A challenging market for high-end homes

By Jean Murphy
Daily Herald Correspondent
Posted2/25/2017 6:00 AM
  • Chris Jacobs, agent with Century 21 - The Pinnacle Group, at one of his listings in Inverness.

      Chris Jacobs, agent with Century 21 - The Pinnacle Group, at one of his listings in Inverness. Bob Chwedyk | Staff Photographer

Chris Jacobs, broker associate with Century 21 -- The Pinnacle Group in Inverness, is cautiously optimistic that 2017 will be a good year for real estate in that town and surrounding communities where he caters to medium- to high-end buyers and sellers.

"The last couple of years have been relatively flat. But I have been seeing more general optimism among both buyers and sellers since the (presidential) election and that is making me cautiously optimistic this year," he said.

"The reality is that we lost an entire generation of move-up buyers during the recession," Jacobs said. "Generation Xers like me probably would have moved up a decade ago but the recession kept us where we were. Now we have aged enough -- and so have our families -- that it no longer makes sense for us to move up.

"So now the move-up process is starting again with the millennials, but that takes time. They aren't going to start out buying a $1 million home. They have to work their way up to that. Consequently, those living in expensive homes have probably stayed longer than they expected to and there are many who just never made the move to that large house," he said.

Jacobs said the market has reached a point where homes costing less than $400,000 are selling very quickly and updated homes between $400,000 and $800,000 that are move-in ready -- and priced correctly -- are enjoying relatively short market times. Those over $800,000, however, still have their challenges, he said.

"Most of the people who are buying the upper-end homes today are relocations from outside the area, relocations within the area to main-floor living, and a few move-ups," Jacobs said.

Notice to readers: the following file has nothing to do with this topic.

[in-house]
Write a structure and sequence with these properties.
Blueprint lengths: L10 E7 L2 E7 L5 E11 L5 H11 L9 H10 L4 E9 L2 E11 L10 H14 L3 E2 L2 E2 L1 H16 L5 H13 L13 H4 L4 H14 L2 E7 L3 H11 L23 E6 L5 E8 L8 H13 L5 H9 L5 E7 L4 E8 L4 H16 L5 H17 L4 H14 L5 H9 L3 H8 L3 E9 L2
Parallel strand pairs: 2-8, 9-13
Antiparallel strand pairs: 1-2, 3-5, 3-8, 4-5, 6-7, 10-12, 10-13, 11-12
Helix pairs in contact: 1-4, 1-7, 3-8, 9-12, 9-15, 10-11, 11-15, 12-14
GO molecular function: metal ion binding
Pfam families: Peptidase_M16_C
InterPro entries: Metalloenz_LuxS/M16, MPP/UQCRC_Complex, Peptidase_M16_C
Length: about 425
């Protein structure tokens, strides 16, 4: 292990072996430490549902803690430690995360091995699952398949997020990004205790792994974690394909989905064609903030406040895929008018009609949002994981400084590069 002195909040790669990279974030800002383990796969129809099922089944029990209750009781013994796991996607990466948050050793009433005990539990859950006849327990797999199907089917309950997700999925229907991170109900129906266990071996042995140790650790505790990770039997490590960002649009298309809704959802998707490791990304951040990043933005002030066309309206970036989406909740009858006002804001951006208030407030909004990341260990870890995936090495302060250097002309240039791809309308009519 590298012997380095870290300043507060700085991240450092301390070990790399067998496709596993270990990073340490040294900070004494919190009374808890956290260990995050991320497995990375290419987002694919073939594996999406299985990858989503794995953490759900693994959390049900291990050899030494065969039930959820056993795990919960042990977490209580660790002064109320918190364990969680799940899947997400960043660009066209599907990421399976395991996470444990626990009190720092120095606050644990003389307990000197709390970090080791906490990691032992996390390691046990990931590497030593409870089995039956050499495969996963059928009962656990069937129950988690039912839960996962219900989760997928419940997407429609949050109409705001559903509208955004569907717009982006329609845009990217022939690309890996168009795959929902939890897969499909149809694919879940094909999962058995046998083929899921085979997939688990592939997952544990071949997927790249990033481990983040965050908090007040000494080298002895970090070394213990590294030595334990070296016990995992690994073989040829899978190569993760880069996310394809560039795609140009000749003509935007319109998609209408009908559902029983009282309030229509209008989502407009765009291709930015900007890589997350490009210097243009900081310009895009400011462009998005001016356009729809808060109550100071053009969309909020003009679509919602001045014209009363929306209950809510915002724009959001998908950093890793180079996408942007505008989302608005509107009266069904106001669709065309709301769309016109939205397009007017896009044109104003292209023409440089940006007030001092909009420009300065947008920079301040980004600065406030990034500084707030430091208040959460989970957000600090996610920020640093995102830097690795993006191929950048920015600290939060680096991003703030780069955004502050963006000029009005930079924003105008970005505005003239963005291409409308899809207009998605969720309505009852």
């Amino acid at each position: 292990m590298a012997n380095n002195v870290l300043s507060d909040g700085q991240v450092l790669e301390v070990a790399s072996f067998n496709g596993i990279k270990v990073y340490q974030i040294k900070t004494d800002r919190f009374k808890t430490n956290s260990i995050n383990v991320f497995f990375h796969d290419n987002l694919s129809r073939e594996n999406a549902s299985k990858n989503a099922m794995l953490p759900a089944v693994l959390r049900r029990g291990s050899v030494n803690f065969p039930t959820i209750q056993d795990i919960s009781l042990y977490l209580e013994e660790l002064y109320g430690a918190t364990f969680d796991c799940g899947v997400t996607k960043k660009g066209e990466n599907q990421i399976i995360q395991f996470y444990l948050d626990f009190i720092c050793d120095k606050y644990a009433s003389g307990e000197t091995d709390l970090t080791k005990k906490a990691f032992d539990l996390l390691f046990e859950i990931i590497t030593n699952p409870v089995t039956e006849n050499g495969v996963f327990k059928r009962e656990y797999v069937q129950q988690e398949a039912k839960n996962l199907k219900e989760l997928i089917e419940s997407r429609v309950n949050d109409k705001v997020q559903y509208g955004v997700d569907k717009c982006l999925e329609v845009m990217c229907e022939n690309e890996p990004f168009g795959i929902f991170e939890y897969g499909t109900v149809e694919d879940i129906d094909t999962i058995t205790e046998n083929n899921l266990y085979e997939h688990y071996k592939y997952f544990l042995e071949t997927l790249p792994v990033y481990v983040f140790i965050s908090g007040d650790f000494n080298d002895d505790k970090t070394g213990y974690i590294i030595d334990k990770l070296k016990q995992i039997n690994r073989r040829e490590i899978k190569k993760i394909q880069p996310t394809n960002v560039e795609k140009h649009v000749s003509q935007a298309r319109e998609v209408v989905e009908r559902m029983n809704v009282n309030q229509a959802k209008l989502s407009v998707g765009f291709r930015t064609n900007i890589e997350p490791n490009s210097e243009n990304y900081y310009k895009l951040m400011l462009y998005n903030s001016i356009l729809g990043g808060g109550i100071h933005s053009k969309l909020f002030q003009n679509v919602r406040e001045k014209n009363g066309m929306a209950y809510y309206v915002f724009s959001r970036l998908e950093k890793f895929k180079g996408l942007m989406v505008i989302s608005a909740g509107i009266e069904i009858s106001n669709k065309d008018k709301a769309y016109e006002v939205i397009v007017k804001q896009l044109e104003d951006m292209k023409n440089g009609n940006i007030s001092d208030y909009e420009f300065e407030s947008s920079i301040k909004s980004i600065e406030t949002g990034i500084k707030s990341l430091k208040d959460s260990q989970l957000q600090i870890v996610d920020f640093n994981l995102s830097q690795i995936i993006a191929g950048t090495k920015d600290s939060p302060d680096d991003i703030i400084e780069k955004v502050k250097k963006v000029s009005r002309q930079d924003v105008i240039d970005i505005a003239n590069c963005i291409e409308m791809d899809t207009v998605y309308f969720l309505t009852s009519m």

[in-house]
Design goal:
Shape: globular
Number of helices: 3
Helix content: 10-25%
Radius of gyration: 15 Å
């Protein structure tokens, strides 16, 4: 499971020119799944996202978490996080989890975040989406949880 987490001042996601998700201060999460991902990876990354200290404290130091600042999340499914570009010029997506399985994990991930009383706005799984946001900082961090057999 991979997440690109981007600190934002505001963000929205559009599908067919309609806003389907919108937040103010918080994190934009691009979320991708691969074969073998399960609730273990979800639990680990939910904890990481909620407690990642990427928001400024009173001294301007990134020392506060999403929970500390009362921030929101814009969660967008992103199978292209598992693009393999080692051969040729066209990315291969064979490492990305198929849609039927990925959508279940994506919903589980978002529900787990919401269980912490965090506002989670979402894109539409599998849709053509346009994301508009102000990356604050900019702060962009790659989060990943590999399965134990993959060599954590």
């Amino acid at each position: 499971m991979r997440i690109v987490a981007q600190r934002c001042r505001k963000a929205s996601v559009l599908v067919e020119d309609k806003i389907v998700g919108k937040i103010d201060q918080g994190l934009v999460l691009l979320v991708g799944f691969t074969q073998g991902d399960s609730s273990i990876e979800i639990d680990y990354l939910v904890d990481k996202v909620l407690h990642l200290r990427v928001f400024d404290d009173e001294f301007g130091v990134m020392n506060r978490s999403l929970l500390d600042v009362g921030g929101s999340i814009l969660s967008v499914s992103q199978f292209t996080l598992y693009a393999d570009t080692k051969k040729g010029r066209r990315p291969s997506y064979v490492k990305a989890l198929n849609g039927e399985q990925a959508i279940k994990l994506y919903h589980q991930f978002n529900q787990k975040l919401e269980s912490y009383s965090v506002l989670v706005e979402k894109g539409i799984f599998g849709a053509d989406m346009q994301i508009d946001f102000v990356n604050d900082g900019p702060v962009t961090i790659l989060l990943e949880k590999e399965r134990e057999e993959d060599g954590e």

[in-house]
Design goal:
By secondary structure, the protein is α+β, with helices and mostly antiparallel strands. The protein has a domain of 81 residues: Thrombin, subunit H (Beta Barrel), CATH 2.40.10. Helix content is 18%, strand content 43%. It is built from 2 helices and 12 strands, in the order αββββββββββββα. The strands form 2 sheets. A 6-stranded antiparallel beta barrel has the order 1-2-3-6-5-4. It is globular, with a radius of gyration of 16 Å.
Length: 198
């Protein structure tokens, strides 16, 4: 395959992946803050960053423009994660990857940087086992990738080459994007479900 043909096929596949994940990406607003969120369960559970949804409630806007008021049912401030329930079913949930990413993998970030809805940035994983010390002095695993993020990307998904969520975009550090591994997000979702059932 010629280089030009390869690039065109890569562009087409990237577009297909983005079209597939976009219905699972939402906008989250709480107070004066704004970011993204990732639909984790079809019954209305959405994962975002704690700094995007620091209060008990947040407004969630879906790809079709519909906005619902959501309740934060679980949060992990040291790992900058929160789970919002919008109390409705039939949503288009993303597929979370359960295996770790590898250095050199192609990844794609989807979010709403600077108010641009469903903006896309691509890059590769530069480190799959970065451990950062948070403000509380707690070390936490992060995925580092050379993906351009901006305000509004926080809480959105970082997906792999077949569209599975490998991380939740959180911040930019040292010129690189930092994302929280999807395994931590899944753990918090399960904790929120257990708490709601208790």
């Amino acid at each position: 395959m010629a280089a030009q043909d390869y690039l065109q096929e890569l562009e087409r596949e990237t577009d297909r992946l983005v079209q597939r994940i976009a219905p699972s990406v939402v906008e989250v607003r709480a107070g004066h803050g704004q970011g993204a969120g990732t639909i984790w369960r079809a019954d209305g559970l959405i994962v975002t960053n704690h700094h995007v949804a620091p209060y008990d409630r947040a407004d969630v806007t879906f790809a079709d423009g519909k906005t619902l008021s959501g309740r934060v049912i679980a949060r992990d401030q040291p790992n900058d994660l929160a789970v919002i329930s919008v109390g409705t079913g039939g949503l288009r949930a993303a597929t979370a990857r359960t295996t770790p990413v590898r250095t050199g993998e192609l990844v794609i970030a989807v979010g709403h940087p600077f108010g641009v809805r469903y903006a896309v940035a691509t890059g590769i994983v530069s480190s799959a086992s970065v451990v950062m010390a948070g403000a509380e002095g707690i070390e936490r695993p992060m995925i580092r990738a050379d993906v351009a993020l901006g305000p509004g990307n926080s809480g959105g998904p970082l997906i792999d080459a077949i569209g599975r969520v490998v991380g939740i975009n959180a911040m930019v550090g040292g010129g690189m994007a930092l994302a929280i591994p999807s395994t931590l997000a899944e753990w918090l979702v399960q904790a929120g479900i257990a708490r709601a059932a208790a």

"Buyers are no longer viewing the purchase of a high-end home as an investment like they did 15 years ago. Instead, they are making a lifestyle choice when they buy these homes. This is where they want to raise their family, educate their children and live. They do not expect to make a large amount of money on the (re)sale of their primary residence. They understand that they need to make their money elsewhere," he said.

High property tax rates are also depressing sales in the high-end market. Jacobs said even if a family can afford to buy the house, they are often choosing not to pay the high taxes because they understand those are a recurring expense that can never be paid off. Local schools, municipalities and counties are driving these costs and, according to Jacobs, making the decision to retire out-of-state much easier for older Illinoisans.

Interestingly, Jacobs said that the difference between markets has been magnified in recent years.

"I can start in Inverness and drive 20 minutes in three different directions and find three completely different markets. That has always been true to a certain degree, but it has become even truer recently. The Arlington Heights market, for instance, is stronger right now than the market in Inverness."

The Chicago-area real estate market is fragmented, so it is almost impossible to make any sweeping statements about local real estate as a whole, Jacobs said. However, he acknowledged that the largest percentage of current home sales are taking place at the lower end of the market as millennials get started with their families and first homes.

In addition, single-family houses continue to see stronger sales in most areas than condominiums and even townhouses.

"The majority of buyers prefer the autonomy and privacy of a single-family home. They don't want to make important decisions in conjunction with 80 of their not-so-close friends," he said.

Finally, Jacobs said, foreclosures and short sales are still out there in the marketplace, but they are no longer driving market pricing like they were six years ago.

Jacobs can be reached at (847) 401-4859 or by email at Chris@C21tpg.com.

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